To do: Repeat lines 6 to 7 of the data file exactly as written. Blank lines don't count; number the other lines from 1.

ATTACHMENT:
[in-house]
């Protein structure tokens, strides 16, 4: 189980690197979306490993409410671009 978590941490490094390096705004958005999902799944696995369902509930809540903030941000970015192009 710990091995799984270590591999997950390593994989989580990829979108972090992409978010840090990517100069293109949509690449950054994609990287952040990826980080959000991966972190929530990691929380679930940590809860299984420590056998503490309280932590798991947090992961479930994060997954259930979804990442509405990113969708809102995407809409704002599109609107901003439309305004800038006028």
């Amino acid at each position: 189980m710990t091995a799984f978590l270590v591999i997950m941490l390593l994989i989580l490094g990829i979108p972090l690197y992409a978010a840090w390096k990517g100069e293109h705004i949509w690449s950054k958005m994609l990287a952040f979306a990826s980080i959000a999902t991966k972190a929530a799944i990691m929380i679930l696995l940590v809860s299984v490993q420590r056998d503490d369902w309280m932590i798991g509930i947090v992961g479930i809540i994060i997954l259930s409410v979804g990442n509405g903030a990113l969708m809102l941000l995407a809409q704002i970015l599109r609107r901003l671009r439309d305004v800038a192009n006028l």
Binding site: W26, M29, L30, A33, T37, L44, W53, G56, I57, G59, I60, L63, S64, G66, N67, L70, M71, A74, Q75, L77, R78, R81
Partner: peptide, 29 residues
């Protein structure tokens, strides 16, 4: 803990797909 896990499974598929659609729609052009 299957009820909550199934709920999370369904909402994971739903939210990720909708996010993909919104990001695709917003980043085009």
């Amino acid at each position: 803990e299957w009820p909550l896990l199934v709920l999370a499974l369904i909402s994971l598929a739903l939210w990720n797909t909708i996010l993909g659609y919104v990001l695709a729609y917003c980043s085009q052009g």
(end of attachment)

């Protein structure tokens, strides 16, 4: 803990797909 896990499974598929659609729609052009 299957009820909550199934709920999370369904909402994971739903939210990720909708996010993909919104990001695709917003980043085009």
């Amino acid at each position: 803990e299957w009820p909550l896990l199934v709920l999370a499974l369904i909402s994971l598929a739903l939210w990720n797909t909708i996010l993909g659609y919104v990001l695709a729609y917003c980043s085009q052009g």